While it’s no surprise that each year more Americans turn to the internet to find news about what is happening in Congress, what is surprising is how resistant certain factions in Congress are when it comes to letting Members of Congress communicate with their constituency more freely.
Currently, there is a debate brewing in the House about how the Franking Commission should relax the rules when it comes to communications using outside platforms such as YouTube, Facebook, Twitter, etc.
Following a firestorm of debates in the blogosphere last week (including an online petition from the Sunlight Foundation), yesterday’s New York Times had an article highlighted the debate, and its bipartisan response thus far.
The Times’ article made it quite evident that there was support on both sides. But what is truly troubling is the position of Massachusetts Democrat Michael Capuano, Member of the House Franking Commission:
Mr. Capuano wants web sites where lawmakers post videos to be scrubbed of advertising and political messages that could be seen as endorsements.
What’s so troubling about this proposed change, is that it essentially tells a company that if they want to open their services up to members of Congress so they can reach the masses, they’ll have to remove the possibility of generating any profits whatsoever.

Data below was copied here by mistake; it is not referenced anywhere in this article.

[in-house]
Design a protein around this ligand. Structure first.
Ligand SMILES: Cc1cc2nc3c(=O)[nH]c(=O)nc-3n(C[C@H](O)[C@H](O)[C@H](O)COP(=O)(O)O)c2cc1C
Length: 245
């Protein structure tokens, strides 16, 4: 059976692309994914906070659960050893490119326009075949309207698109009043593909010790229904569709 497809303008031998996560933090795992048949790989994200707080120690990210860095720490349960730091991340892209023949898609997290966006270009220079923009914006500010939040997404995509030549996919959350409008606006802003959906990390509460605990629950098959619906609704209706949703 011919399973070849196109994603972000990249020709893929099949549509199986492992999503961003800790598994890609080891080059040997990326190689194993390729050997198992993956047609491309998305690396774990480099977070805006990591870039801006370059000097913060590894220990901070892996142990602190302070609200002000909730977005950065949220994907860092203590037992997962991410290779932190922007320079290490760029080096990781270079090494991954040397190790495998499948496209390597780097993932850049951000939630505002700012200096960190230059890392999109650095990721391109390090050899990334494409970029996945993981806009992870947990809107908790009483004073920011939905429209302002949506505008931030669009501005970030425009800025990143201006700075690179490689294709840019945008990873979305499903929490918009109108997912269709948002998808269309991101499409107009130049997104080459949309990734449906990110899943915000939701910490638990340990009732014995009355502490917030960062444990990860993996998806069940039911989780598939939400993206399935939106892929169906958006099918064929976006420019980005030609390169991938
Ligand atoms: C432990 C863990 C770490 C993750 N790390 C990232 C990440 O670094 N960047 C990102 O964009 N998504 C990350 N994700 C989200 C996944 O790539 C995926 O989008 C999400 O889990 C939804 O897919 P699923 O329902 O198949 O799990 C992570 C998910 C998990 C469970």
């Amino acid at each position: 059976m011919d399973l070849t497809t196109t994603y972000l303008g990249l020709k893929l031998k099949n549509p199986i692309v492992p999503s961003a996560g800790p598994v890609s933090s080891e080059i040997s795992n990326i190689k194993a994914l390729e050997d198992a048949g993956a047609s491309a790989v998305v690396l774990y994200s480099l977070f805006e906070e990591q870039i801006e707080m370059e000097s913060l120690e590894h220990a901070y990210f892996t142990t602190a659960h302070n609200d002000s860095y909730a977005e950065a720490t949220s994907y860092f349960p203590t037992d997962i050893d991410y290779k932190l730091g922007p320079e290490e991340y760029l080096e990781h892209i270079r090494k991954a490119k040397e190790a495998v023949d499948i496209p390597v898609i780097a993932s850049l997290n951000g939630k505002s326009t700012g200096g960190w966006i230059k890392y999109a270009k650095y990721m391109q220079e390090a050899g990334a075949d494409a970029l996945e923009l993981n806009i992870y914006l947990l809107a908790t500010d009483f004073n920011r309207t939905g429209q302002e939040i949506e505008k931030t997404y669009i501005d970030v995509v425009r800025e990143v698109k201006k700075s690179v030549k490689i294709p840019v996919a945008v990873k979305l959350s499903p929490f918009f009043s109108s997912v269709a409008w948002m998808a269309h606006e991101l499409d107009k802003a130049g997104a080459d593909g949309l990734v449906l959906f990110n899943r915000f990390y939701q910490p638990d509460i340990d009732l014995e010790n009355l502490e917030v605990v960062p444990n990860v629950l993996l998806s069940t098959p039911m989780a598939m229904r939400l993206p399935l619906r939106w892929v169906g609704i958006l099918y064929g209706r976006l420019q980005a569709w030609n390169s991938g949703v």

If we were to implement Congressman Capuano’s vision on a larger scale, I don’t see how there could be any way that a Member of Congress could reach out to any media source. For example, if a member wanted to write an op-ed, would it have to be in a publication that has no advertising? If it’s re-posted on the publications website, would they have to remove all advertising from that page?
The reality is that no Member of Congress would ever suggest a move this radical when it comes to using traditional media. So why be so restrictive when it comes to integrating new media?
While Congressman Capuano claims that he supports the idea of making Congress more modern, I don’t see how you can do that by limiting uploads to sites that are advertisement free.
If this rule change ever went through, I can guarantee that there would be even more confusion about what members can and cannot use to communicate with their constituency.
Sure, they might remove the ads from a YouTube page, but what about the embed feature? Is it acceptable for a member to upload something to YouTube, and then for others to spread it across the web? What about other features YouTube has like social bookmarking sites (Digg, Reddit, Propeller, etc)? What about Facebook? They all have advertisements, therefore each raise questions that would have to be answered.
Then of course there are the arguments about which services, other than YouTube, a member can upload videos to? There is no way that YouTube competitors will sit idly by while they are being barred from sharing messages created by elected officials, simply because they allow advertising to sustain their business. In reality, they are following the exact same business model as newspapers, magazines and television stations.
I’m sure there are a wide variety of other problems that could develop from maintaining such a restrictive policy on new media, and I urge you to share them below.